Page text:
Many thanks to everyone who submitted a rescue story for this column. I greatly enjoyed reading all your stories, and Radar and Ella appreciate all the hugs and belly rubs they got by e-mail.
Many of your rescue stories were heartbreaking, such as the story of Cody, a miniature pinscher. Cody was placed in a shelter when he was taken away from abusive owners who broke his jaw and burned him with cigarettes.
Angie Schaftlein of Shepherdsville read about Cody and was so touched by his story that she drove 17 hours to rescue him from the shelter. It took Cody two months to finally trust that Angie and her husband weren’t going to hurt him.
“We will always be touched by this guy,” Angie writes. “He’s experienced so much pain, but has bounced back into a very sweet and loving companion. He may have a crooked jaw and burn scars on his nose, but he is absolutely beautiful to us!”
Louie the pug also had a close call. Louie was only an hour away from being euthanized when he was pulled from a shelter by Kentuckiana Pug Rescue. Stefanie Gaither, a surrender coordinator for the group in Robertson County, took the dog home. Louie was a mess: covered in feces and green mucus, he moved so slowly Stefanie was convinced he was an older dog. But time, a bath, and medications revealed that this dog was only a puppy, and already knew basic commands such as “sit,” “stay,” and “down.”
Foster parents offered to take Louie in, so Stefanie took him to Louisville.
“Louie bonded immediately to the couple taking him in,” says Stefanie, “and while they didn’t yet realize it, I knew Louie had found his forever home.”
The foster parents decided to adopt Louie, and due to the “pampered lifestyle” he lives, he’s now known as King Louie.
Some readers submitted stories of “accidental rescue.” That’s what happened with Patty the pony. When Becci Loomer of Harrodsburg decided to get a pony for her daughter, Joanah, she tried to do the right thing by researching to find a suitable pony, and when she found one out of state, she requested a video.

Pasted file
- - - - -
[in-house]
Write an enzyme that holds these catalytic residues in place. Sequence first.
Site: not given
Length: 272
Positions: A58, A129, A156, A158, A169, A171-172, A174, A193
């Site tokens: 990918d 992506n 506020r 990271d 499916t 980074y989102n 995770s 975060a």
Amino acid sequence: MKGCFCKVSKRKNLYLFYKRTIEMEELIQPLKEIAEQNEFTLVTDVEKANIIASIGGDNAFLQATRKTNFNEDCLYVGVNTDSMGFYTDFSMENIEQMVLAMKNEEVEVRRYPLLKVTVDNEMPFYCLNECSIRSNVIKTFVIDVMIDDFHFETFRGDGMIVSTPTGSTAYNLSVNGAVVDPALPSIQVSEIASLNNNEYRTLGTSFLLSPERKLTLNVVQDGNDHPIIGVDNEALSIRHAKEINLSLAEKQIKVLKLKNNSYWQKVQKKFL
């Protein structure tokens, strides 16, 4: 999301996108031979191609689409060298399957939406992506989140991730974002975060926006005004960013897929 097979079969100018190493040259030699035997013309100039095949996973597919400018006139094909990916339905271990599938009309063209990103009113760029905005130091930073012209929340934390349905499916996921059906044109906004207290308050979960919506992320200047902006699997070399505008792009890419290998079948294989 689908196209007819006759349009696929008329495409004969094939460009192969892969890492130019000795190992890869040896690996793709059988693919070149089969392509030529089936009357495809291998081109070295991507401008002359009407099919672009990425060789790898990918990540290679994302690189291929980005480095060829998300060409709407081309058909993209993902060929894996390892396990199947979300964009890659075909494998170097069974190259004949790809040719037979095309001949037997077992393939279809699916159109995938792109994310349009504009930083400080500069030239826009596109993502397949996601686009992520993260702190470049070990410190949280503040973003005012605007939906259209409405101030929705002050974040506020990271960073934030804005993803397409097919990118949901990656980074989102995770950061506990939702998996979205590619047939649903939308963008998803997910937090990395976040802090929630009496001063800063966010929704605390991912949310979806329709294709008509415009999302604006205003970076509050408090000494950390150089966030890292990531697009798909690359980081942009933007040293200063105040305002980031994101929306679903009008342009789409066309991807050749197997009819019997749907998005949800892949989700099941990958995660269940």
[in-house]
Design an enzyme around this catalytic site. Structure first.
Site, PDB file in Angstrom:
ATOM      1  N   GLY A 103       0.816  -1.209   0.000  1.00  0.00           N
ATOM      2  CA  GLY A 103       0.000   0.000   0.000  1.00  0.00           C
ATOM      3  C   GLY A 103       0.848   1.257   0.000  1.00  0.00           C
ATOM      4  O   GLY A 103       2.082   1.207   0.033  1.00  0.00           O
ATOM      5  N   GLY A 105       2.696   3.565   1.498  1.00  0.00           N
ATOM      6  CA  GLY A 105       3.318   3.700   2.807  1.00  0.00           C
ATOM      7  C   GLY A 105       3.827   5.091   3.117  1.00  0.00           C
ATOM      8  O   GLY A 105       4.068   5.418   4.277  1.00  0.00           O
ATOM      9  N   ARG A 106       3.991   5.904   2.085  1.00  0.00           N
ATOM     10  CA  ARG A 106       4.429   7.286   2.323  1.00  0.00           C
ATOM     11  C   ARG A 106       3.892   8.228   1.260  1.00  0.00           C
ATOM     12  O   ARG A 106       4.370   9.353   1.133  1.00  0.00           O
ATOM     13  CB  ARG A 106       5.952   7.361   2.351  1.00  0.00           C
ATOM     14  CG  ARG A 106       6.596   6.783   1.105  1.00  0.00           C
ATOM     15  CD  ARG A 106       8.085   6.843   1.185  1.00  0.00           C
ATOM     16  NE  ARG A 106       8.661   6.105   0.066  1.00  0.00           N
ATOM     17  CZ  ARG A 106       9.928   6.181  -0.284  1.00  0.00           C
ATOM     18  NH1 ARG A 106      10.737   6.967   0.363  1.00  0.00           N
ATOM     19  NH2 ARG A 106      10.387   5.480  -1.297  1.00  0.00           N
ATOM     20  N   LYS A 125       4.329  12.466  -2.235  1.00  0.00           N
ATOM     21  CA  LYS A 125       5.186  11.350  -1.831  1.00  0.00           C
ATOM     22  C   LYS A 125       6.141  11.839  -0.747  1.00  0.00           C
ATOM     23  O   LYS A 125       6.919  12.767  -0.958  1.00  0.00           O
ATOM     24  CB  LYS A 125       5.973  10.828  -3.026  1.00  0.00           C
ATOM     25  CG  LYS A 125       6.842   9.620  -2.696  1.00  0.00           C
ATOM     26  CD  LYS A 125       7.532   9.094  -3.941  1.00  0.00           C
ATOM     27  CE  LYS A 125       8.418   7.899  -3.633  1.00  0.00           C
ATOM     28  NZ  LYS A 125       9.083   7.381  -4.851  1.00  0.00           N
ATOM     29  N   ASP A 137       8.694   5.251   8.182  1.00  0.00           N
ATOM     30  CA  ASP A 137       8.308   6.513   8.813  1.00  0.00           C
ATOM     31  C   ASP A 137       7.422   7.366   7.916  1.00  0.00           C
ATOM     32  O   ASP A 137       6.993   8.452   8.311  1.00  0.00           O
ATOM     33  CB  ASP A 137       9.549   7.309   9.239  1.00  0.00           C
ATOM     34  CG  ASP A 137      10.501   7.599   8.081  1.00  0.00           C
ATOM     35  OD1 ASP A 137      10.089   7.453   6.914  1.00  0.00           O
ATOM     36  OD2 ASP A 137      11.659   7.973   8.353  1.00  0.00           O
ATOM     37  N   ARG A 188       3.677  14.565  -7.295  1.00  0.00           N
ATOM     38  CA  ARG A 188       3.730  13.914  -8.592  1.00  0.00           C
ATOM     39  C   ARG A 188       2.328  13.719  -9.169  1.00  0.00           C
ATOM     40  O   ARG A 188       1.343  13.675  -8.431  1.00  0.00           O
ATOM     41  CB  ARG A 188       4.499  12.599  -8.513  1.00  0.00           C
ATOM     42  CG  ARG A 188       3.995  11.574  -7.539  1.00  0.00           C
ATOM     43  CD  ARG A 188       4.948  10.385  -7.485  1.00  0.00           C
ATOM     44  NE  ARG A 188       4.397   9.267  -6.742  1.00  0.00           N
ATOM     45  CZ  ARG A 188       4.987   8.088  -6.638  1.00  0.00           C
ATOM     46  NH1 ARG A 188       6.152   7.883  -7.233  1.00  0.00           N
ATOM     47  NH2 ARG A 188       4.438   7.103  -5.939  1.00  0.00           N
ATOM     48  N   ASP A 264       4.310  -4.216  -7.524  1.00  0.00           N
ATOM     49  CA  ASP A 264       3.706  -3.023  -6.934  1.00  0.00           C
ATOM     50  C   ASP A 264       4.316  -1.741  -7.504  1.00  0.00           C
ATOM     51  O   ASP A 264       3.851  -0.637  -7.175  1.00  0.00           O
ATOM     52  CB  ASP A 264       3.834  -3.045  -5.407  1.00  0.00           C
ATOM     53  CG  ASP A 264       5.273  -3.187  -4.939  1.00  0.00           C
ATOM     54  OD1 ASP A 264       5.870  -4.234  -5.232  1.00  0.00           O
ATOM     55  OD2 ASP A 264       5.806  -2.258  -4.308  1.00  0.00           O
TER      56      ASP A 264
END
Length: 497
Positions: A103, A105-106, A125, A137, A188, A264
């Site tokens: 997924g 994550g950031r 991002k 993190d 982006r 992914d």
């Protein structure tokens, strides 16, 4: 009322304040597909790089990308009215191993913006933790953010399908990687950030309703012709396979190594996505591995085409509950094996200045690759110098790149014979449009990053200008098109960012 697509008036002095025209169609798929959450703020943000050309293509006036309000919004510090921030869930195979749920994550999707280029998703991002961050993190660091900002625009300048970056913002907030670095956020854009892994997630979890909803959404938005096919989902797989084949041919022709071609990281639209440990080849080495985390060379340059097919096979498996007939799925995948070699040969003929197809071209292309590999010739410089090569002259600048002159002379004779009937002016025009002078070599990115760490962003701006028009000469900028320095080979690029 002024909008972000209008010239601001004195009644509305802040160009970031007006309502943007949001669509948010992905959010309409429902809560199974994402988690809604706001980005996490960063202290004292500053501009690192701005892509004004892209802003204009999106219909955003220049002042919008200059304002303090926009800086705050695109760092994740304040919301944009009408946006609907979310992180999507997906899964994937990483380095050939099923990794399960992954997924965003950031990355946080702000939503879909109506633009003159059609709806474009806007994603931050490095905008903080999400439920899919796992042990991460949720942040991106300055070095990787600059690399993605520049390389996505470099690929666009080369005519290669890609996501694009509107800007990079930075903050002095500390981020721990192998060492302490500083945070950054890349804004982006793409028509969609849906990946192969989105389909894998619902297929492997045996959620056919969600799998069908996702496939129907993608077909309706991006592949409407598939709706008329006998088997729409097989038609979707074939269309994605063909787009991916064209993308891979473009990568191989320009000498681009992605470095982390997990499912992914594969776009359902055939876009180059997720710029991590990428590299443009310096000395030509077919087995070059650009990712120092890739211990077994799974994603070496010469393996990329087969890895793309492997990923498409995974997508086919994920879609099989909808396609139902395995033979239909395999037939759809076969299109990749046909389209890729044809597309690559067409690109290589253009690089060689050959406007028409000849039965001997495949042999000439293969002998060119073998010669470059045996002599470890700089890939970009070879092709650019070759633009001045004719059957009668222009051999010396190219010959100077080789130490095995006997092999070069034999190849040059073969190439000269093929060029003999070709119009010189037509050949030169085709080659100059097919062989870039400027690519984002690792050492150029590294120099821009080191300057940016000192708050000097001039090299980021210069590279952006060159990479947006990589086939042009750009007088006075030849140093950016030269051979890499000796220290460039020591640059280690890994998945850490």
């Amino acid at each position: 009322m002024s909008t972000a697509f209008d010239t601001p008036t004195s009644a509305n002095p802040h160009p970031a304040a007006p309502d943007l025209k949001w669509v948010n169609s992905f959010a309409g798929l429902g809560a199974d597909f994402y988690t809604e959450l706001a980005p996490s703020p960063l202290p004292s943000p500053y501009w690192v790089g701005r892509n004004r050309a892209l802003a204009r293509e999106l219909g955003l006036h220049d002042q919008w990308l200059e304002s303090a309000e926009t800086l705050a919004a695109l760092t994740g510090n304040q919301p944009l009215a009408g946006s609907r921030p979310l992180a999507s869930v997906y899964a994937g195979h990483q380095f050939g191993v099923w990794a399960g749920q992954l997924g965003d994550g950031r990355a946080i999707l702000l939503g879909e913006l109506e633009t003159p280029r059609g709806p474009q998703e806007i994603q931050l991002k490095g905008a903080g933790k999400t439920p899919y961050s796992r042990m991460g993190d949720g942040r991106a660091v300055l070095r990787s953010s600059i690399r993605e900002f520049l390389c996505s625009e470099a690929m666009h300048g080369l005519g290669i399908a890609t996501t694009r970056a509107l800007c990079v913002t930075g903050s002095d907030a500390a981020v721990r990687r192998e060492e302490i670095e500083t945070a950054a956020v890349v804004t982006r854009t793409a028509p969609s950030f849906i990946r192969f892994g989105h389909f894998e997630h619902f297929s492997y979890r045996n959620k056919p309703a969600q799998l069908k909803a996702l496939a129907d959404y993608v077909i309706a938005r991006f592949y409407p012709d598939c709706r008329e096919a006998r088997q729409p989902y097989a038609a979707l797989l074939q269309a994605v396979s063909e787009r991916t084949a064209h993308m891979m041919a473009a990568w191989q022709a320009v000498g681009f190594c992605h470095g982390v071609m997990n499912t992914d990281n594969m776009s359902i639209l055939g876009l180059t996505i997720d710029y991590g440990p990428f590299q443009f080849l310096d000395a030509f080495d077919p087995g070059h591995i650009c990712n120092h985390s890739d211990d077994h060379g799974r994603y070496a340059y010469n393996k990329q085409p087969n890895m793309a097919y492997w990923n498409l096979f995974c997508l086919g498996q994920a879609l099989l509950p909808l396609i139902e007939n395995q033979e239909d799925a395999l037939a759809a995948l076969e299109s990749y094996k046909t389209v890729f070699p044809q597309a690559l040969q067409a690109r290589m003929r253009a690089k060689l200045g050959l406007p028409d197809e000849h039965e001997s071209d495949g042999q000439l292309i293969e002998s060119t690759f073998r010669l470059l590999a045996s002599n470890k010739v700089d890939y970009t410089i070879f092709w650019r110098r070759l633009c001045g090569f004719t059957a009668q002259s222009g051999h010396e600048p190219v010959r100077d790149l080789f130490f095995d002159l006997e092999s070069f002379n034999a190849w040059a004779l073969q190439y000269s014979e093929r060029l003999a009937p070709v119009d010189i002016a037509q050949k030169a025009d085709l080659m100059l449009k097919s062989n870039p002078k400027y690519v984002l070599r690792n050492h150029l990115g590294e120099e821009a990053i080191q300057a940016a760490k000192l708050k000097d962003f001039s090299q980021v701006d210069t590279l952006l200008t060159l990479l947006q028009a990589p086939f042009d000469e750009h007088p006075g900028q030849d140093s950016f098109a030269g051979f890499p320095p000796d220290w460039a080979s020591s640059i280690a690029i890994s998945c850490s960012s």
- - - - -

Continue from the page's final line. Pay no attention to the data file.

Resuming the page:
Becci says, “The pony I got a video of was fat, quiet, easygoing, a little girl riding her—the total package. But the pony that was delivered was hungry, skinny, wormy, and very strong-willed. But Joanah was so in love with this creature, I knew we had to do something.”
With a lot of handling and love, Patty learned to trust her new owners and “bloomed into a wonder pet.” Patty has since taught not only Joanah to ride but also her sister, Knacey. Patty has never bucked or kicked, and if her rider falls off, she simply stands and waits. Becci says this pony has “the biggest ‘I can do it’ attitude any little girl could ever want. I love this pony because she is the best teacher a mom could ever ask for.”
Cecilee Tangel of Richmond writes, “Our household is holding at ’24 paws’: three formerly homeless dogs and three formerly homeless cats.” But one pet was reluctant to be rescued.
A Border collie dubbed Little Orphan Annie was living by herself in a field near busy streets. Cecilee spent months trying to lure Annie to her. Cecilee says she doesn’t know why Annie finally changed her mind, but at last Annie gave in and came to Cecilee. Knowing Border collies are happiest when they have a job, Cecilee hoped to place Annie at a horse farm, but that fell through.